The Change-Up

Marshall Henderson did something Saturday against Auburn he had never done before in his basketball career.

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He came off the bench.

A "coach's decision," according to a school spokesperson, but Henderson had discussed such a move before. He approached Nick Williams after the Rebels lost at South Carolina. Henderson had made just 4 of 17 shots in a game that significantly damaged the Rebels' NCAA tournament hopes.

Williams and Ladarius White, he proposed, would start. Head coach Andy Kennedy was thinking along those lines, too, so he sat Henderson down in his office. He'd be the sixth man against Auburn.

"I was all for it," Henderson said. "Came off the bench, I was able relax and come in and knock down some shots. From there, just kept going in."

An understatement if there ever was one.

He subbed in at the 16:18 mark in the first half. Thirty seconds later, he drained the first of back-to-back 3s. He was just getting started.

The junior guard, who entered the game leading the SEC in scoring, totaled 28 points in a 88-55 Ole Miss win, including 8 of 12 from 3, which tied Keith Carter and Chris Warren for the most 3s in one game in school history.

Marshall Henderson
USA Today images

"That was a genius move, wasn't it?" Kennedy quipped, his team now 20-7 overall and 9-5 in SEC play. "I think he's putting a lot of pressure on himself. Sometimes you can try too hard. I'm just trying to slow him down a little bit."

So, should we anticipate Henderson coming off the bench from here on out?

"We probably played our best game all-around," Henderson said. "It worked. We just won by 33 points. Why change something when things haven't been going too well lately?"

Saturday was weird like that.

Kennedy said the decision to sit Henderson had more to do with putting his five most experienced players on the floor: Jarvis Summers, Williams, White, Murphy Holloway and Reginald Buckner. But really, the game was different in a lot of ways, not only in Henderson coming off the bench.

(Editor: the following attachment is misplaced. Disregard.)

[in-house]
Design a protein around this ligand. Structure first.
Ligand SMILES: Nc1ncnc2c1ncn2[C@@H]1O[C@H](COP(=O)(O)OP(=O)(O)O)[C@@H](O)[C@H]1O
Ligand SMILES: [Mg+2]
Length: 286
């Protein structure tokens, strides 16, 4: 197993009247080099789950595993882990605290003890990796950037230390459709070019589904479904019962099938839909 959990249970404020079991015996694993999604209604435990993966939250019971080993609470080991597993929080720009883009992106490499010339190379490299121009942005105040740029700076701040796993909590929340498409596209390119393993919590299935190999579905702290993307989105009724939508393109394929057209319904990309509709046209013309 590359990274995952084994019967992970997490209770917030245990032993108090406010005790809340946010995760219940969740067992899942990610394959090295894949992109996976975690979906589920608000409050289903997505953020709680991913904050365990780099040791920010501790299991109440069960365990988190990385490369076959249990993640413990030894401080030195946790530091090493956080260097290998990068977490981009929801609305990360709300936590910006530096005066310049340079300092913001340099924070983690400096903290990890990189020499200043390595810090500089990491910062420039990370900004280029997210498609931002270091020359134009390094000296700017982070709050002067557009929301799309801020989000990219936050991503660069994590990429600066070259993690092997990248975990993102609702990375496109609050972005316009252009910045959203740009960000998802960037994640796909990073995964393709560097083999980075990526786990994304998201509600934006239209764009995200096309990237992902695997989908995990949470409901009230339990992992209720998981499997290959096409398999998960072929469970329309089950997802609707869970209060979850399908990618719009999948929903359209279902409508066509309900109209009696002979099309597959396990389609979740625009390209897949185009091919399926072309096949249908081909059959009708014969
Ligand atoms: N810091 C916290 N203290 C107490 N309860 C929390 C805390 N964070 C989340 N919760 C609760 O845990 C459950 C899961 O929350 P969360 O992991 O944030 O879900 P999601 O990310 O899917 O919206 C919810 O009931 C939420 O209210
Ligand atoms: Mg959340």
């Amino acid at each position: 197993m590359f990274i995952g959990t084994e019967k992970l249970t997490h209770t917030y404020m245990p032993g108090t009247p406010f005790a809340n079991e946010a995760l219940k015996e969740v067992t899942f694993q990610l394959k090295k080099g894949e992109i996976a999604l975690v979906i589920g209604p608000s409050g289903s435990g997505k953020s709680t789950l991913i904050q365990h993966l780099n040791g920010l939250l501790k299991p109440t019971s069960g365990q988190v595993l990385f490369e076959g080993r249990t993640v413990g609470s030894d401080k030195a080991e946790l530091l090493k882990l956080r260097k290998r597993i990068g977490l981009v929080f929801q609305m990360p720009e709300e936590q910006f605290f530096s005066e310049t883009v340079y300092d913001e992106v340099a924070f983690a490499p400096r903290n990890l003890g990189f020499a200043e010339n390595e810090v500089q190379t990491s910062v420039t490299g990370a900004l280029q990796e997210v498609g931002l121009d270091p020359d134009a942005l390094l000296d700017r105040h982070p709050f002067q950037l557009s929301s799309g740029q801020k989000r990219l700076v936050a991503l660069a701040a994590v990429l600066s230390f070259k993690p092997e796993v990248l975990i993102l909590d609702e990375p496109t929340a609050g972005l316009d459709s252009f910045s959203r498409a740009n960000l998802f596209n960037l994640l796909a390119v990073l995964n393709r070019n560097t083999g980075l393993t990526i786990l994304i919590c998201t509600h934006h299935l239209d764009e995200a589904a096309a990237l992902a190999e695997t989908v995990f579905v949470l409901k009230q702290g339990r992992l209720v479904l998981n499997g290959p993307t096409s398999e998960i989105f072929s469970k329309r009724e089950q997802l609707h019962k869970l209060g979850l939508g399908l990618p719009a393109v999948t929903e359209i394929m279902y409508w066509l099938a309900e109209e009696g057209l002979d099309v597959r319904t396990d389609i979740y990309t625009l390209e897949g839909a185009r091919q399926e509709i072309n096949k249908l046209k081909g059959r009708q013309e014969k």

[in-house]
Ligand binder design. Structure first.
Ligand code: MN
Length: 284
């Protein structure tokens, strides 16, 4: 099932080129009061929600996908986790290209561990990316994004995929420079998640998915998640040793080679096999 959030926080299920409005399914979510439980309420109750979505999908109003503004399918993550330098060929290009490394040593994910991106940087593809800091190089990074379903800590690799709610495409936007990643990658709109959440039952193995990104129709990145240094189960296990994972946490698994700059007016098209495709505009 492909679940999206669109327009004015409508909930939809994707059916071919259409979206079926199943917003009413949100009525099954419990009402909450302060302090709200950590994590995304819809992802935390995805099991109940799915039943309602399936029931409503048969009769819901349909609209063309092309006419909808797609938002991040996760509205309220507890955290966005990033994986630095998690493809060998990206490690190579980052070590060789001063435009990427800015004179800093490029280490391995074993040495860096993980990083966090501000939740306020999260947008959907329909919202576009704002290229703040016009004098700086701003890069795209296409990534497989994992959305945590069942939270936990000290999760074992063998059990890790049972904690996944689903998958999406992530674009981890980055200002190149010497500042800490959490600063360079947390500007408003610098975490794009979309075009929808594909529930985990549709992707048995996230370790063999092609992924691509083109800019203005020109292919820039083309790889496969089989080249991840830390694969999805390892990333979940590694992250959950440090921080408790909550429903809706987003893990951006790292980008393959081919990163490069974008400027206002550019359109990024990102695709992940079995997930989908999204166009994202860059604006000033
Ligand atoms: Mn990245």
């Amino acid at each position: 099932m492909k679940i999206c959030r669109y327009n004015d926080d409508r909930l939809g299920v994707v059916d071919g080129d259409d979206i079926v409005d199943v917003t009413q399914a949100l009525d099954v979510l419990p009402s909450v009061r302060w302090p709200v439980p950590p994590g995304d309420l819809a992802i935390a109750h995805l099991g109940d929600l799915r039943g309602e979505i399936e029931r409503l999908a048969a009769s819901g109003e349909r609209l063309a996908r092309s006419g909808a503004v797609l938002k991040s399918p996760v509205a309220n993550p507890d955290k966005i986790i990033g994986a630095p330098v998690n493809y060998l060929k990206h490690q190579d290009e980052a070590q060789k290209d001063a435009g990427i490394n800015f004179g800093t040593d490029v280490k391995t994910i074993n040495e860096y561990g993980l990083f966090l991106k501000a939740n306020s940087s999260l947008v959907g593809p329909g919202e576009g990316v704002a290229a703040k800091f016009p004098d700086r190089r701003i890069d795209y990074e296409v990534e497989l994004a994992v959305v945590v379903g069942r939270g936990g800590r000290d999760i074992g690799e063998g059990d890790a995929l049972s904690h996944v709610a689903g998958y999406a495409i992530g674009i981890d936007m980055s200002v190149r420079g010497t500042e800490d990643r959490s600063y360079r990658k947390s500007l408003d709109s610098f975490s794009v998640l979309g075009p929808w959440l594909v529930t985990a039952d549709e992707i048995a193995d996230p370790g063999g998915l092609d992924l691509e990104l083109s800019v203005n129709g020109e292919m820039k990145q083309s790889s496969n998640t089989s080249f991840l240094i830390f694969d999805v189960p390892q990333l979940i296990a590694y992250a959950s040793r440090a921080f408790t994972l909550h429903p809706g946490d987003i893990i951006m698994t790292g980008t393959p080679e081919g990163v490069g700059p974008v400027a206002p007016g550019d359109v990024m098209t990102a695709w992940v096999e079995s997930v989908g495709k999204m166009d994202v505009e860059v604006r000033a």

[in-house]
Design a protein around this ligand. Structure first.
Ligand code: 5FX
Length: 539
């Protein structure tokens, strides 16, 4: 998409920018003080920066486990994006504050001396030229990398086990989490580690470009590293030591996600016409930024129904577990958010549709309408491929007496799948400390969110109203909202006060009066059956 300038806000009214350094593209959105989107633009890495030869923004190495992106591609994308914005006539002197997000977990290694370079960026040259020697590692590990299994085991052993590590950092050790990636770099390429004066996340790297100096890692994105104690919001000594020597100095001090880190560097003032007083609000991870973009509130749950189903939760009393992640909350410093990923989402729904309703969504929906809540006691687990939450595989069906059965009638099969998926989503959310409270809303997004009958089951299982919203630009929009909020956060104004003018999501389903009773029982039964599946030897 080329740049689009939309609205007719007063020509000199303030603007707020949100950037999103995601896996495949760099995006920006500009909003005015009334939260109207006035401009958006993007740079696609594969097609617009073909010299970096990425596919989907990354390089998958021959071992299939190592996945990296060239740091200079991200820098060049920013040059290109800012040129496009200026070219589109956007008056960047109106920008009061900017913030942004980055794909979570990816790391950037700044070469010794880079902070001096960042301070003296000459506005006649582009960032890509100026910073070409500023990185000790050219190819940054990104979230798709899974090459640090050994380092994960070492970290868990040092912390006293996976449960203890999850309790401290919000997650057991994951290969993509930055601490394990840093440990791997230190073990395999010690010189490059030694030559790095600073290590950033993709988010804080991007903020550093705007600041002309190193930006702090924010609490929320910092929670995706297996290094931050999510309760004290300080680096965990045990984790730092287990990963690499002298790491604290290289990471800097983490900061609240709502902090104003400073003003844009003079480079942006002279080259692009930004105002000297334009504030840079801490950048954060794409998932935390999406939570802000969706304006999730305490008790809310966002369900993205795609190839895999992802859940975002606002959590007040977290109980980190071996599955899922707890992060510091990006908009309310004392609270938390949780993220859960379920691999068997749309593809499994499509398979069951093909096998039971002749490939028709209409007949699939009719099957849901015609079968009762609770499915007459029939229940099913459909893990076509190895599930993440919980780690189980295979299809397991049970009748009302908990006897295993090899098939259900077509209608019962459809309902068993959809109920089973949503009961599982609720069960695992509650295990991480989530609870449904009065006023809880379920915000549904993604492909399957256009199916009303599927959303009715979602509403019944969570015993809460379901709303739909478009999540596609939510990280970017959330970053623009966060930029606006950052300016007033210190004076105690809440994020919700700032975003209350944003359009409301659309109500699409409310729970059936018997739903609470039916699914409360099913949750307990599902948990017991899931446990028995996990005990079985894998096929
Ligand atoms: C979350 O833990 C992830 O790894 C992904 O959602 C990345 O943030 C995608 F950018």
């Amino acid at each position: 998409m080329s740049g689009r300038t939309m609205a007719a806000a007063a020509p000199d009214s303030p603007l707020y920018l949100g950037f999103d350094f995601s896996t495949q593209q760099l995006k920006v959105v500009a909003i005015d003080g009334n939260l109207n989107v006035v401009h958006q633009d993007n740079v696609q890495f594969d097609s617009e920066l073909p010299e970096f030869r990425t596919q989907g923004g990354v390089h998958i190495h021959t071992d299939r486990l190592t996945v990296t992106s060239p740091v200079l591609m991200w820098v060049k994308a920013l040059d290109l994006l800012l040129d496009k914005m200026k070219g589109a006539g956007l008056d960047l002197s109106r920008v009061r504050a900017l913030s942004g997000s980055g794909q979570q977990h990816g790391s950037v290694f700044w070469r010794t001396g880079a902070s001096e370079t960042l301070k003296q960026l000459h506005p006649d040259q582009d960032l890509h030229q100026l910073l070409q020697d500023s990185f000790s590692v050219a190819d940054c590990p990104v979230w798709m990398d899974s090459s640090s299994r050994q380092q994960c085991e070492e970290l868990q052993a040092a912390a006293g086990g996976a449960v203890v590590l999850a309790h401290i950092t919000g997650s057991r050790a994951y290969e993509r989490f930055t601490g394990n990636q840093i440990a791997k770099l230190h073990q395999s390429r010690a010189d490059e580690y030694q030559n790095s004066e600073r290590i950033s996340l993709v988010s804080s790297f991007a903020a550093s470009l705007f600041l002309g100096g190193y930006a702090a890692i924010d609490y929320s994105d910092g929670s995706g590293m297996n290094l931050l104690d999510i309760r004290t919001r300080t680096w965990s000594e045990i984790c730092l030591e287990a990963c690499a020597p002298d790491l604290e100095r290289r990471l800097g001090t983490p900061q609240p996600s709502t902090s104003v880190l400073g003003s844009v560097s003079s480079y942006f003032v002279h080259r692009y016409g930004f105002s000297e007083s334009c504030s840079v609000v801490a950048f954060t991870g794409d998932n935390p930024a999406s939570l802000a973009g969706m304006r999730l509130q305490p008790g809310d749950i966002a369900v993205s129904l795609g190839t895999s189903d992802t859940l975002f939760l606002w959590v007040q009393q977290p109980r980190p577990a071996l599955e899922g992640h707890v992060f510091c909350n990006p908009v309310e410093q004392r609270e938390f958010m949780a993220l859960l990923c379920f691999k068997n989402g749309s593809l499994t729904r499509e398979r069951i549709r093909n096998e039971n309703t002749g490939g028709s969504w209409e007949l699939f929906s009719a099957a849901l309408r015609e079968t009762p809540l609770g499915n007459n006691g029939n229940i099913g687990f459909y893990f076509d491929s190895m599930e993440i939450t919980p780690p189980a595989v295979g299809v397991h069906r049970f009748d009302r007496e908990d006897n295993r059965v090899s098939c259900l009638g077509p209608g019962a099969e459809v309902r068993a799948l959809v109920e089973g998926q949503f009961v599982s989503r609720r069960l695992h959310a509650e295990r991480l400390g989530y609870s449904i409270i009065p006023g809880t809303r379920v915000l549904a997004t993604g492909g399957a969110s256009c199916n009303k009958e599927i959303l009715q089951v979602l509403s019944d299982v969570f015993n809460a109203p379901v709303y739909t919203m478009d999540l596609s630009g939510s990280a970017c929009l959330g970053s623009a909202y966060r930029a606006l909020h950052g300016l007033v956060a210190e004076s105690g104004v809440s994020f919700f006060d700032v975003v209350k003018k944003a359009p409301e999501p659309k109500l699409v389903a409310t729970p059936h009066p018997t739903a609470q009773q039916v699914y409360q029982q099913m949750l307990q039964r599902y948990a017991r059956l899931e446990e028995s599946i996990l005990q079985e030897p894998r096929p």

Ole Miss was reeling as it welcomed Auburn to Tad Smith Coliseum, having lost five of its last seven games, none more deflating than the one-point loss in Columbia on Wednesday. The Rebels eliminated their margin for error at South Carolina, and with four games remaining and their NCAA tournament fading, Kennedy had to get creative.

Why? Because Ole Miss has to win. And win. And win.

"After the South Carolina game, we lost and we're all down on ourselves. The whole fan base jumped ship," Henderson said. "We've got to do the same thing we did today. We win the last few games at the end of the season, we're in the tournament.

"All the fans out there that think we're not in the tournament, we're still in the tournament. Y'all can still come. But if not, we don't care. We do it for us."

Ole Miss has won at least 20 games in six of seven seasons under Kennedy. The Rebels had all of seven 20-win campaigns in the 96 seasons prior to Kennedy taking over in 2006.

Want more weirdness? In the same week message boards were filled with speculation of who would replace him at season's end, Kennedy became the winningest coach in Ole Miss history, surpassing B.L. Graham with his 145th win.

Andy Kennedy
Bruce Newman

"When I think of winning 145 games at Ole Miss, I immediately think of all the people who have been a part of those wins," Kennedy said. "From the many players to my staff to our leadership at this great university, these wins are a reflection of each and every one of them."

But the NCAA tournament is what coaches are judged by, as Kennedy has said before. And any way you look at, from every angle, Ole Miss is all over the bubble.

In his latest bracketology, Jerry Palm of has Ole Miss as the first team out. The Rebels are one of the last four in, according to ESPN's Joe Lunardi. They're remaining opponents consist of Texas A&M, at Mississippi State, vs. Alabama and at LSU.

Alabama lost at LSU in three overtimes today. Mississippi State was destroyed at home by Vanderbilt, 72-31. Texas A&M lost in four overtimes to Tennessee at home.

Ole Miss can't take another loss. Period.

"You can't avoid it," Kennedy said of the NCAA tournament talk. "It's everywhere. We don't walk around with our head in the sand. What can we control? The reality is, we've got to control these next four games on our schedule. At the end of the day, the numbers have to make sense."

Ole Miss would do well to not look at its resume, where it stacks up with those remaining teams vying for a bid. Just win. Winning cures all.

And if it takes getting weird to do it, well, get weird. Saturday worked well enough.

"One good thing about this team, even if we've had some tough losses," Henderson said, "no one's pointing fingers at anyone. The only fingers that are being pointed are right back at ourselves. I've never been on a team of guys that are so hard on themselves.

"We're always trying to keep each other up. There's only four games left and we're right in it. There's two weeks left. We've got to go balls to the wall and get into this tournament."

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